Study shows weekly dance training can benefit people with Parkinson's disease

Updated:2 months, 3 weeks ago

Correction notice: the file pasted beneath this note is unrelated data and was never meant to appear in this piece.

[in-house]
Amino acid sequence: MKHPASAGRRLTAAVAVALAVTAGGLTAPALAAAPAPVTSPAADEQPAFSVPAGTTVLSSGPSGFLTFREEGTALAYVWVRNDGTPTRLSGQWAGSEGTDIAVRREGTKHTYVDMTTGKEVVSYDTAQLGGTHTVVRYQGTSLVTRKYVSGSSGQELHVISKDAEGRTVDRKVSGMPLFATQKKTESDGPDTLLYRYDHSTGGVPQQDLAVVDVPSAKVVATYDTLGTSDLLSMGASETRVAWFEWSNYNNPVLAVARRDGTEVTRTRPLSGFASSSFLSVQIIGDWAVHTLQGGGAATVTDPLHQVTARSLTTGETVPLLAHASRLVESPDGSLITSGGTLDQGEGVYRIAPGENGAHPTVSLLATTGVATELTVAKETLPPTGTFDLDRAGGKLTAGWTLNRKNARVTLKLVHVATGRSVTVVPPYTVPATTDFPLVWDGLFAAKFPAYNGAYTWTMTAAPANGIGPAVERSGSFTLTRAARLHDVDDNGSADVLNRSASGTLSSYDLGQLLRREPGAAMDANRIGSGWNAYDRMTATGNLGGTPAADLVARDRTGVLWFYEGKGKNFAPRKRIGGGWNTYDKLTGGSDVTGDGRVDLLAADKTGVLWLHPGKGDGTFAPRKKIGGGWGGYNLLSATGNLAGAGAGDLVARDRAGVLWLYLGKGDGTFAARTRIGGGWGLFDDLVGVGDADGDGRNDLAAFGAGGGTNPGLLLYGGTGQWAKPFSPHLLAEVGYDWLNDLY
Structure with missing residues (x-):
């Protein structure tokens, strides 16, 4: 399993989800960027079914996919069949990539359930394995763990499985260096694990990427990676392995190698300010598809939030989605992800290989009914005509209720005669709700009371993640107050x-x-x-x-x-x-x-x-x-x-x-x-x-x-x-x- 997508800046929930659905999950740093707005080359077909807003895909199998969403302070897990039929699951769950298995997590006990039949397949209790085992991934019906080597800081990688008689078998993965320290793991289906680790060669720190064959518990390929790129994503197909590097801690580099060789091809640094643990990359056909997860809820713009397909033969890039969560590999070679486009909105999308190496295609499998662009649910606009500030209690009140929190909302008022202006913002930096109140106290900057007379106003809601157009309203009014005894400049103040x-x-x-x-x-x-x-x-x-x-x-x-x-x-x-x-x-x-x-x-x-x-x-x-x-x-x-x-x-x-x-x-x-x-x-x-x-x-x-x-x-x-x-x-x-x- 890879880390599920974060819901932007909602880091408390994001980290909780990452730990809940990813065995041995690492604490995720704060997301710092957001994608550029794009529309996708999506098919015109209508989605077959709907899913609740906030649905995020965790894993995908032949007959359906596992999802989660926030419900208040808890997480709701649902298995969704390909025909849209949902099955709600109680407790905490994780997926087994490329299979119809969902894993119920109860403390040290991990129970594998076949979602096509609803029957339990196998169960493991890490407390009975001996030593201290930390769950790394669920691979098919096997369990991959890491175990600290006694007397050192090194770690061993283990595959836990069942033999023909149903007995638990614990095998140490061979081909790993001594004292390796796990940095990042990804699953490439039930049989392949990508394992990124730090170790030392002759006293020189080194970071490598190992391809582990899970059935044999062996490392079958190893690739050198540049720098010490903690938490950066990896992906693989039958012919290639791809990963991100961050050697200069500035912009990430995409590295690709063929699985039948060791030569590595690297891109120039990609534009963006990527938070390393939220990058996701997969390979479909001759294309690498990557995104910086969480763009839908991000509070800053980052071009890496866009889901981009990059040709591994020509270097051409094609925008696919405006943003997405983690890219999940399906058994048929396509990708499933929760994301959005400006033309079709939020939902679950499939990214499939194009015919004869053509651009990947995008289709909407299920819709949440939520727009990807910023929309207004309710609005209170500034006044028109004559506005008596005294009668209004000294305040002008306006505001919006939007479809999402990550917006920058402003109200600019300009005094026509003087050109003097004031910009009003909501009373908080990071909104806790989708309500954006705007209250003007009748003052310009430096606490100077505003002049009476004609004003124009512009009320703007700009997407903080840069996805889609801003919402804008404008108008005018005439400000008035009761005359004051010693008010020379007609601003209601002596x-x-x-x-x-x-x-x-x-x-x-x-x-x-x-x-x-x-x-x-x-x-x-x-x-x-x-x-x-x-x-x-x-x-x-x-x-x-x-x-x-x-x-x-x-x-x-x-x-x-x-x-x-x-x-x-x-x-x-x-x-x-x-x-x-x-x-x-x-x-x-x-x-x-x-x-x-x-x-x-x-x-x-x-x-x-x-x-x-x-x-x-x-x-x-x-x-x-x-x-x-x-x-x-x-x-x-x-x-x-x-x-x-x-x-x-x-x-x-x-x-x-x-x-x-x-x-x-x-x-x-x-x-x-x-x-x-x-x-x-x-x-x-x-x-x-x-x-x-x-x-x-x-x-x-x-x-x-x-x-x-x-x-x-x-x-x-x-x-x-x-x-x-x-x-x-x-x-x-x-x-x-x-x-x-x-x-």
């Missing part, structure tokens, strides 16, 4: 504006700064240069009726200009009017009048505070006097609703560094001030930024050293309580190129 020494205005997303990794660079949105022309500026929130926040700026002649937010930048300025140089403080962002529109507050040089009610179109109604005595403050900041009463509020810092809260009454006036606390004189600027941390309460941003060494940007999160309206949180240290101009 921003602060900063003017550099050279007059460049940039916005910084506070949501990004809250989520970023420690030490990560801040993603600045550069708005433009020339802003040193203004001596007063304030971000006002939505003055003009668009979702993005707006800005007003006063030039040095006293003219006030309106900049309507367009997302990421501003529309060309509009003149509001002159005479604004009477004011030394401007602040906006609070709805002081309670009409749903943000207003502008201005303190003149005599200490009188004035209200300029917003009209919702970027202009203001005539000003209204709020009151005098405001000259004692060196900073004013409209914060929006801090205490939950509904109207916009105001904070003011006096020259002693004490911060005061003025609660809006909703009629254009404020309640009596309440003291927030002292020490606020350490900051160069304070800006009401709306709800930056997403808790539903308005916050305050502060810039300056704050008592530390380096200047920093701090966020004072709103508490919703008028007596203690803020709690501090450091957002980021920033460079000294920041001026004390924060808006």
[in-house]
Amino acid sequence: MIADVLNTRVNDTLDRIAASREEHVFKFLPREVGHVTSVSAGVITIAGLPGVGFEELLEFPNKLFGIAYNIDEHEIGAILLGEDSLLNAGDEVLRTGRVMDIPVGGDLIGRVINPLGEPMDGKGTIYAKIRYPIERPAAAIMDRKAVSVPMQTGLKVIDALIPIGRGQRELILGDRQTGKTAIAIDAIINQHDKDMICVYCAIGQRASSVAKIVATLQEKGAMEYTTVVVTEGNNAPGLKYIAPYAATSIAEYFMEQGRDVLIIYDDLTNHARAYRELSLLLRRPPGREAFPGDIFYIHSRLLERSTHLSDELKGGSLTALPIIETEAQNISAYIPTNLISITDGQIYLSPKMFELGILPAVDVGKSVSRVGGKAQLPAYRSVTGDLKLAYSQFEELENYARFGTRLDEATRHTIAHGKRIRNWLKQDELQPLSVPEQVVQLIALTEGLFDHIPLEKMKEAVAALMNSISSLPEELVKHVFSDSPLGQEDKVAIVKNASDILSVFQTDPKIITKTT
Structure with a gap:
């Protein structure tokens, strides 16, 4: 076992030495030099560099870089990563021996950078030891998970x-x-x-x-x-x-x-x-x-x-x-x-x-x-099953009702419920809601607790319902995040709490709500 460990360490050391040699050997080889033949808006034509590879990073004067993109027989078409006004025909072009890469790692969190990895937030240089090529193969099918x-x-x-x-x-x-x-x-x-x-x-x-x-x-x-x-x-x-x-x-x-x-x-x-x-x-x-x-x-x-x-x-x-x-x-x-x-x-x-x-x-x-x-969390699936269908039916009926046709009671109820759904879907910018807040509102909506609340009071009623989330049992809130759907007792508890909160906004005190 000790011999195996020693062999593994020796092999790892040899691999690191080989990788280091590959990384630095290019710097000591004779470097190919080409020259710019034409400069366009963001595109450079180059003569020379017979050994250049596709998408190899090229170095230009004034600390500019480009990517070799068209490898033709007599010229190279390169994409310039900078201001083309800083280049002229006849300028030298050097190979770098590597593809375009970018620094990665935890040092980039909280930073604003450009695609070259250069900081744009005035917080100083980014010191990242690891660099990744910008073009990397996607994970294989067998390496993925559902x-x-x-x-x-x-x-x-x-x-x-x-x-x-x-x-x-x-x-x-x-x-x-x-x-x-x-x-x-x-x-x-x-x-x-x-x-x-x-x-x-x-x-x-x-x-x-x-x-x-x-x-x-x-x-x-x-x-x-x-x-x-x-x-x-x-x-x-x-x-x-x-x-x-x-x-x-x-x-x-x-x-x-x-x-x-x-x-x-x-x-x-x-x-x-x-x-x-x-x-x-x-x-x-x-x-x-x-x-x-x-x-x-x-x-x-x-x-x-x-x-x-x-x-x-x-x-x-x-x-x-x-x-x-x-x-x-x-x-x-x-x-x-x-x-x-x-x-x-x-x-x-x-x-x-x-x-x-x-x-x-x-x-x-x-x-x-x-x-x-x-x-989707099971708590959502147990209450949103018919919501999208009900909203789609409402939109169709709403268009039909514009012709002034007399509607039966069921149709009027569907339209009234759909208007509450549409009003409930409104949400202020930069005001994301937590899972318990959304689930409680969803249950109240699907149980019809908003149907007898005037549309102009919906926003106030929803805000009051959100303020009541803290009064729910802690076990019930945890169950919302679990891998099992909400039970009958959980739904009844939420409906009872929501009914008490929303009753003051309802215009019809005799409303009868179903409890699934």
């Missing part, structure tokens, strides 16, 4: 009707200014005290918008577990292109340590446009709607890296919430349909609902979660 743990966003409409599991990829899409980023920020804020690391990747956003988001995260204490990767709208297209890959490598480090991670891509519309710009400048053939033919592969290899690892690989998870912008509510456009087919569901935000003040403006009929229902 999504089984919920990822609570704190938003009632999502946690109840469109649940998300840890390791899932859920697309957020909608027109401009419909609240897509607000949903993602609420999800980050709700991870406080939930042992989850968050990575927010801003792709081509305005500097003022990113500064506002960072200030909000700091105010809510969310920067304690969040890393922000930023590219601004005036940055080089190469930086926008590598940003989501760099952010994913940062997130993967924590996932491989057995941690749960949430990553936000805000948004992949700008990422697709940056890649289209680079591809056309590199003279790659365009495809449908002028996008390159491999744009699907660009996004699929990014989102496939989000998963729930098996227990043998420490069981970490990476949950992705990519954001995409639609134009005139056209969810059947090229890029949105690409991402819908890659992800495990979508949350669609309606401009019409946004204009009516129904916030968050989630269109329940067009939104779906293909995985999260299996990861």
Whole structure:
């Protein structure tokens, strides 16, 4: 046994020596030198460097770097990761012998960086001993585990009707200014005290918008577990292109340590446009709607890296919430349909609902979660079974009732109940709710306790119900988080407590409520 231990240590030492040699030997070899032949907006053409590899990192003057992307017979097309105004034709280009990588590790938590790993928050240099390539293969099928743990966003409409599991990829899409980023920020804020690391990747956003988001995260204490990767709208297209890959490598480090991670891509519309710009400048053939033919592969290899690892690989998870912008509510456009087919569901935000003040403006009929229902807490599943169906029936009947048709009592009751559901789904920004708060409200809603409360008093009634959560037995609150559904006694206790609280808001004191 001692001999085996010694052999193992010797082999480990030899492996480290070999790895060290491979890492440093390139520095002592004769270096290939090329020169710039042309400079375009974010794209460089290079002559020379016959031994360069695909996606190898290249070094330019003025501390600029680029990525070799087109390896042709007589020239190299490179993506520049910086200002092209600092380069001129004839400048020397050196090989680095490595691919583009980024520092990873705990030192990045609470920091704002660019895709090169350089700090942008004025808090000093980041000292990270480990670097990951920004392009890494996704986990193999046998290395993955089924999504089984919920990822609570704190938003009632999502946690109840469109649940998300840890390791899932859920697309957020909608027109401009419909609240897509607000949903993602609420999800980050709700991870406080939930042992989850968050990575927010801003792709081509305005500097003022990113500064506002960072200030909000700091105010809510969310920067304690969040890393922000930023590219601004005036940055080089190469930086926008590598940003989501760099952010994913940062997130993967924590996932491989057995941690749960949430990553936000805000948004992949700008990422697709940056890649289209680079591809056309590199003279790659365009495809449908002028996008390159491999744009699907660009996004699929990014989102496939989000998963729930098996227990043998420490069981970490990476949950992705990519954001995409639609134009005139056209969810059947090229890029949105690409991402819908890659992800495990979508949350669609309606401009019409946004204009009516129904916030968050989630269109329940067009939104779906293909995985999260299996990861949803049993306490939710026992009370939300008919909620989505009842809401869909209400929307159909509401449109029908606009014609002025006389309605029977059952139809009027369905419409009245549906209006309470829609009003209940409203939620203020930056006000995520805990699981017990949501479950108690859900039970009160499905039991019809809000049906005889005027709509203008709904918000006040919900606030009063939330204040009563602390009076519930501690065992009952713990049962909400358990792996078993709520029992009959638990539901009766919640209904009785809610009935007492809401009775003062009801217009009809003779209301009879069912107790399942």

New Delhi, July 09 (ANI): A new study has shown that dancing with music can halt the most debilitating symptoms of Parkinson's disease. The study, published in the journal 'Brain Sciences', found that patients with mild-to-moderate Parkinson's disease (PD) can slow the progress of the disease by participating in dance training with music for one-and-a-quarter hours per week. Over the course of three years, this activity was found to reduce daily motor issues such as those related to balance and speech, which often lead to social isolation. People with PD who participated in weekly dance training, had less motor impairment and showed significant improvement in areas related to speech, tremors, balance and rigidity compared to those who did not do any dance exercise. Their data showed significant improvements in experiences of daily living, which include cognitive impairment, hallucinations, depression, and anxious moods such as sadness. In the study, researchers looked at how a multi-sensory activity, (like dance with music learning), which incorporated the use and stimulation of several sensory modalities in the dance environment including vision, audition, tactile perception, proprioception, kinesthesia, social organization and expression, olfactory, vestibular and balance control -- may influence many of the mood, cognitive, motor and neural challenges faced by PwPD. Researchers followed collected data from PwPD over three-and-a-half years while they learned choreography over the first year and performed it, which is designed to be adaptable to the disease stage and current symptoms for PwPD. Classes began with live music accompaniment during the seated warm-up, followed by barre work, and ended with moving across the floor. All participants learned choreography for an upcoming performance. Researchers recorded videos, conducted paper and pen questionnaires of all participants and performed statistical analyses. Researchers will next examine what occurs in the brain immediately before and after a dance class to determine what neurological changes take place.

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